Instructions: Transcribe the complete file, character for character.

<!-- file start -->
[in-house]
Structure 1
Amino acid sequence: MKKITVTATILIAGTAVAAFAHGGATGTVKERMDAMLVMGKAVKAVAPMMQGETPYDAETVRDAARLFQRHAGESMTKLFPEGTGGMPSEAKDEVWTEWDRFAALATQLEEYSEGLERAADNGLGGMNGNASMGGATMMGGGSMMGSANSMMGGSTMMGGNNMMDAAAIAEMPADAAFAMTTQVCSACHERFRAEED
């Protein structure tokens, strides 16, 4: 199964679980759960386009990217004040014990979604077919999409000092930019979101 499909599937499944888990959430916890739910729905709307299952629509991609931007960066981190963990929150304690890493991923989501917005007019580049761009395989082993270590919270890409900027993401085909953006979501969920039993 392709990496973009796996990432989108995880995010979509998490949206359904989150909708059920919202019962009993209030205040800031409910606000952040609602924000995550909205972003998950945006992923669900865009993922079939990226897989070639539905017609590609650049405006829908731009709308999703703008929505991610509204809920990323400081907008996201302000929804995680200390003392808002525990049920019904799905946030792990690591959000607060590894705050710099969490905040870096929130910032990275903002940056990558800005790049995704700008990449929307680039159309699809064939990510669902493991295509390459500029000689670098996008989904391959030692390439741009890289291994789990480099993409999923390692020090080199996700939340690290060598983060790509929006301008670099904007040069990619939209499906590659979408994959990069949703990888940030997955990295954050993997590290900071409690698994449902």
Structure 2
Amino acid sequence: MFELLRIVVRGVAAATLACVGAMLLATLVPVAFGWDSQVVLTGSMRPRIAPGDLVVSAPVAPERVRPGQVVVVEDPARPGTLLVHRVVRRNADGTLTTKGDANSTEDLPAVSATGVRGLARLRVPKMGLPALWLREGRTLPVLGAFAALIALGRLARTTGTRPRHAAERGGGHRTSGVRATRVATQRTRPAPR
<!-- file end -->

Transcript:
[in-house]
Structure 1
Amino acid sequence: MKKITVTATILIAGTAVAAFAHGGATGTVKERMDAMLVMGKAVKAVAPMMQGETPYDAETVRDAARLFQRHAGESMTKLFPEGTGGMPSEAKDEVWTEWDRFAALATQLEEYSEGLERAADNGLGGMNGNASMGGATMMGGGSMMGSANSMMGGSTMMGGNNMMDAAAIAEMPADAAFAMTTQVCSACHERFRAEED
């Protein structure tokens, strides 16, 4: 199964679980759960386009990217004040014990979604077919999409000092930019979101 499909599937499944888990959430916890739910729905709307299952629509991609931007960066981190963990929150304690890493991923989501917005007019580049761009395989082993270590919270890409900027993401085909953006979501969920039993 392709990496973009796996990432989108995880995010979509998490949206359904989150909708059920919202019962009993209030205040800031409910606000952040609602924000995550909205972003998950945006992923669900865009993922079939990226897989070639539905017609590609650049405006829908731009709308999703703008929505991610509204809920990323400081907008996201302000929804995680200390003392808002525990049920019904799905946030792990690591959000607060590894705050710099969490905040870096929130910032990275903002940056990558800005790049995704700008990449929307680039159309699809064939990510669902493991295509390459500029000689670098996008989904391959030692390439741009890289291994789990480099993409999923390692020090080199996700939340690290060598983060790509929006301008670099904007040069990619939209499906590659979408994959990069949703990888940030997955990295954050993997590290900071409690698994449902």
Structure 2
Amino acid sequence: MFELLRIVVRGVAAATLACVGAMLLATLVPVAFGWDSQVVLTGSMRPRIAPGDLVVSAPVAPERVRPGQVVVVEDPARPGTLLVHRVVRRNADGTLTTKGDANSTEDLPAVSATGVRGLARLRVPKMGLPALWLREGRTLPVLGAFAALIALGRLARTTGTRPRHAAERGGGHRTSGVRATRVATQRTRPAPR